I saw Katie, my friend who teaches at the Jubilee School, searching through her students backpacks on the hunt for a stolen lollipop. She stuck her hand into a small outer pocket and yelped! She had shoved her fingers straight into a mound of hot, sticky rice which the student had hidden in his bag. He wasn't the only one; we found rice stashed away in half a dozen other knapsacks.

"I'm taking it home to eat later," the kids explained, as if it was the most normal thing in the world.

Ten minutes later, I watched our clinic staff do the intake for a new patient in our MedikaMamba malnutrition program. Her name is Linda, she's 5 years old and she weighs 24 pounds. Most American children weigh that much at 18 months.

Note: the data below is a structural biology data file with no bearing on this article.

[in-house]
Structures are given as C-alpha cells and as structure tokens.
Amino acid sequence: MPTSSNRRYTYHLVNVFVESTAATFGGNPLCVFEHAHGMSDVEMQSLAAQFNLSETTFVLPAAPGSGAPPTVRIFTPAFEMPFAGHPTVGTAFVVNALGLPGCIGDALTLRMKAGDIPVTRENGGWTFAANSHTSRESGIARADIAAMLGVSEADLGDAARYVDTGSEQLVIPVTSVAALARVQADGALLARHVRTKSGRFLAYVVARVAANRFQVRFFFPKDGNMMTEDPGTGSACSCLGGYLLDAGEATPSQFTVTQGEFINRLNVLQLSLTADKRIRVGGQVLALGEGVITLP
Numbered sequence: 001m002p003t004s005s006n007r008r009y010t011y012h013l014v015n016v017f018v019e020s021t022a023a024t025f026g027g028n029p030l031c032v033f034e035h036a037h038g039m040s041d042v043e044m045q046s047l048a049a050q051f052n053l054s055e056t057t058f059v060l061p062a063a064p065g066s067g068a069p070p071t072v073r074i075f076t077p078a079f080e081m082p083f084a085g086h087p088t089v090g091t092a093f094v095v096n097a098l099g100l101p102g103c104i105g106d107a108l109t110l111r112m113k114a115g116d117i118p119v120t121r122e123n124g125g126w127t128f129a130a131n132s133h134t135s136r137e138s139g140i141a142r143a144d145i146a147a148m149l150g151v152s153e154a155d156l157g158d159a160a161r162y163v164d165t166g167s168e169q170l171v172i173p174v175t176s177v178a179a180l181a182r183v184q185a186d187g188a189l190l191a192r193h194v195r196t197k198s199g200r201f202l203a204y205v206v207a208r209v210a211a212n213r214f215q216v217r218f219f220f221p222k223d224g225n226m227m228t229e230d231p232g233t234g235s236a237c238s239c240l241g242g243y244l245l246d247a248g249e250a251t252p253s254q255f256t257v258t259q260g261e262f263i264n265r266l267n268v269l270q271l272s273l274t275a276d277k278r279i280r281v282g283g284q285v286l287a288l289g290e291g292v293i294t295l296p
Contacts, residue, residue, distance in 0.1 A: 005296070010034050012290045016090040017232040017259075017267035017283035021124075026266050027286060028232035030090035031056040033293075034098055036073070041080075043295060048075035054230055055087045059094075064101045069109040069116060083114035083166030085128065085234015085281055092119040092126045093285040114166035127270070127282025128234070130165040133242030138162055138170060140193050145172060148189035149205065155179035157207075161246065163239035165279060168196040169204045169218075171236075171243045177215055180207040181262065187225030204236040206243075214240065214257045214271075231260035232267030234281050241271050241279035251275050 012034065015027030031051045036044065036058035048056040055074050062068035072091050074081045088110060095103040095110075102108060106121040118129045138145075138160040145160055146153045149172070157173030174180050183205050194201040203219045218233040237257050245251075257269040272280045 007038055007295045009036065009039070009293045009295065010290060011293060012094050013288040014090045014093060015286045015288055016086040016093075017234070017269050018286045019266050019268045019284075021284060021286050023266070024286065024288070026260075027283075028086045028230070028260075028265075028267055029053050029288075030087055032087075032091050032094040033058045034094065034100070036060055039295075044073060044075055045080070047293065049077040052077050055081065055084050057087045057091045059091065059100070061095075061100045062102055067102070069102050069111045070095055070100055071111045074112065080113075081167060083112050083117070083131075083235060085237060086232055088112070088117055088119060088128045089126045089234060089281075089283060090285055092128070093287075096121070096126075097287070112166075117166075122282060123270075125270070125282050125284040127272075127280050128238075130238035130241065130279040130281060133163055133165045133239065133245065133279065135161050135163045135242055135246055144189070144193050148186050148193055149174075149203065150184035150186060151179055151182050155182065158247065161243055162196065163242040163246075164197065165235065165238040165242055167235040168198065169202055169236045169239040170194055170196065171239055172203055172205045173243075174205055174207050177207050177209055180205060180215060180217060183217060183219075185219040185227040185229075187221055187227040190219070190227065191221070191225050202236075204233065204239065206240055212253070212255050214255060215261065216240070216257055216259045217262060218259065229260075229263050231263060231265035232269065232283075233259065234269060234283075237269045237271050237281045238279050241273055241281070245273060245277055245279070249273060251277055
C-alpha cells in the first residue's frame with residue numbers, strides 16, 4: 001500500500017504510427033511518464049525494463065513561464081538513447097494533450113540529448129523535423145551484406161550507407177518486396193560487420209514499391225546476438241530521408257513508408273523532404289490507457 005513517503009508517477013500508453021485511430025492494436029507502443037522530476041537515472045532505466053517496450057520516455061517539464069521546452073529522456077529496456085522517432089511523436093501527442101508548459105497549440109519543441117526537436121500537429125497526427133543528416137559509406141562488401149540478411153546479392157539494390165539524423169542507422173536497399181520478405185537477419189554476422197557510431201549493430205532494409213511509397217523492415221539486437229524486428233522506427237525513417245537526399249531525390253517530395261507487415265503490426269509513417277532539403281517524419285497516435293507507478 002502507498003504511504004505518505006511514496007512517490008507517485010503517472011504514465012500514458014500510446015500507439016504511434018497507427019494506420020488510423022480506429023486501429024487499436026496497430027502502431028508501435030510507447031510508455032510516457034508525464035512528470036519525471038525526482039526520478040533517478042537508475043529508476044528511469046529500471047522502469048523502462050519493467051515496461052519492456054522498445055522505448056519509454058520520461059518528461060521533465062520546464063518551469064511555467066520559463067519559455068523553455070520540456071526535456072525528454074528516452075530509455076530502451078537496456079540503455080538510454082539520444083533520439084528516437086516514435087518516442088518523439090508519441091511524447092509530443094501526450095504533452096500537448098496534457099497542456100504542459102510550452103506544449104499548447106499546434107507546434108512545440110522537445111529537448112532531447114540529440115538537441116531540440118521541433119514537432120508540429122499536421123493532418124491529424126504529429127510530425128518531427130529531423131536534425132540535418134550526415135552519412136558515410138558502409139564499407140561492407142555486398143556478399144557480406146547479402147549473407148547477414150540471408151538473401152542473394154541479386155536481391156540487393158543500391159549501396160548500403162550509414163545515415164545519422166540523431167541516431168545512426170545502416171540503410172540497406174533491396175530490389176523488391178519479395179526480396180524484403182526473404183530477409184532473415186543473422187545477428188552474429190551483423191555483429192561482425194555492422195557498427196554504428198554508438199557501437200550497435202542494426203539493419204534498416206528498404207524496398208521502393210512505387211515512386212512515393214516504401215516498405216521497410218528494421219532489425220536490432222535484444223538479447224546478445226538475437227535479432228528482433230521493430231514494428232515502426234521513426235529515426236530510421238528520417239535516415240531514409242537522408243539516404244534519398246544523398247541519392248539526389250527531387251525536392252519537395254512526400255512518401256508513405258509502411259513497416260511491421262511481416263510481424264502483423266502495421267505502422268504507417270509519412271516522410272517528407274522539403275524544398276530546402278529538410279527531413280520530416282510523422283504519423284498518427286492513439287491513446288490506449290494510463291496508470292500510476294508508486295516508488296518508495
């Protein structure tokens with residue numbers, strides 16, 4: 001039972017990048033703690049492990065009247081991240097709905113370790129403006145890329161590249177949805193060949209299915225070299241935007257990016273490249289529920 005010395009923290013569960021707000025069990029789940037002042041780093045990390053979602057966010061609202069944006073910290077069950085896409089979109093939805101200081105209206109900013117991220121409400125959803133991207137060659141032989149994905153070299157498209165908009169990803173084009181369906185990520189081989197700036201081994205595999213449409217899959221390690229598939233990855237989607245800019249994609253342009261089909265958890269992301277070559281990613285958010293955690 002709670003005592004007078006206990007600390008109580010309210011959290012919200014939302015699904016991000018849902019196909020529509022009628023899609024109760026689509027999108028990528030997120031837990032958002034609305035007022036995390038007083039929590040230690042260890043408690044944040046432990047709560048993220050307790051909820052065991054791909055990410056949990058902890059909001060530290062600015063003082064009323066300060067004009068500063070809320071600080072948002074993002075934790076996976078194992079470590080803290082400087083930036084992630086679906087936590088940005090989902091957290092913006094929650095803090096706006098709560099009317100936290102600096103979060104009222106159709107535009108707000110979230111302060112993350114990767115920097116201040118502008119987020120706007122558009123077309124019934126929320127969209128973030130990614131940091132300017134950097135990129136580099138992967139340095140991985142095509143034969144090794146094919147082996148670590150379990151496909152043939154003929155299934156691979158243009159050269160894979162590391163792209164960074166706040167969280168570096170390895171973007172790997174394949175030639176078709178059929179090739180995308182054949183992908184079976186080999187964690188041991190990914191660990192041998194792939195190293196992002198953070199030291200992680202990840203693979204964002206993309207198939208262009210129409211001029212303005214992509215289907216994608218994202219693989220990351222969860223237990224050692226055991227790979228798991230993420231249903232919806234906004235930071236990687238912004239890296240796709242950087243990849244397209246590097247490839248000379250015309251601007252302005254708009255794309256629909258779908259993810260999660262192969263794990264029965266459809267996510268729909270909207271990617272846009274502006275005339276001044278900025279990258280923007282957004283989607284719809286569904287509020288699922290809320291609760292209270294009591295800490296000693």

We have a contract that the parent is required to sign before we admit a child into the program. Linda's parents are both deceased so her grandmother is her guardian. Her grandma can't read or write, so without thinking I turned to Linda's older sister, who is in 3rd grade in a Haitian school, "Can you read and write?" She nodded and then laboriously scrawled her name.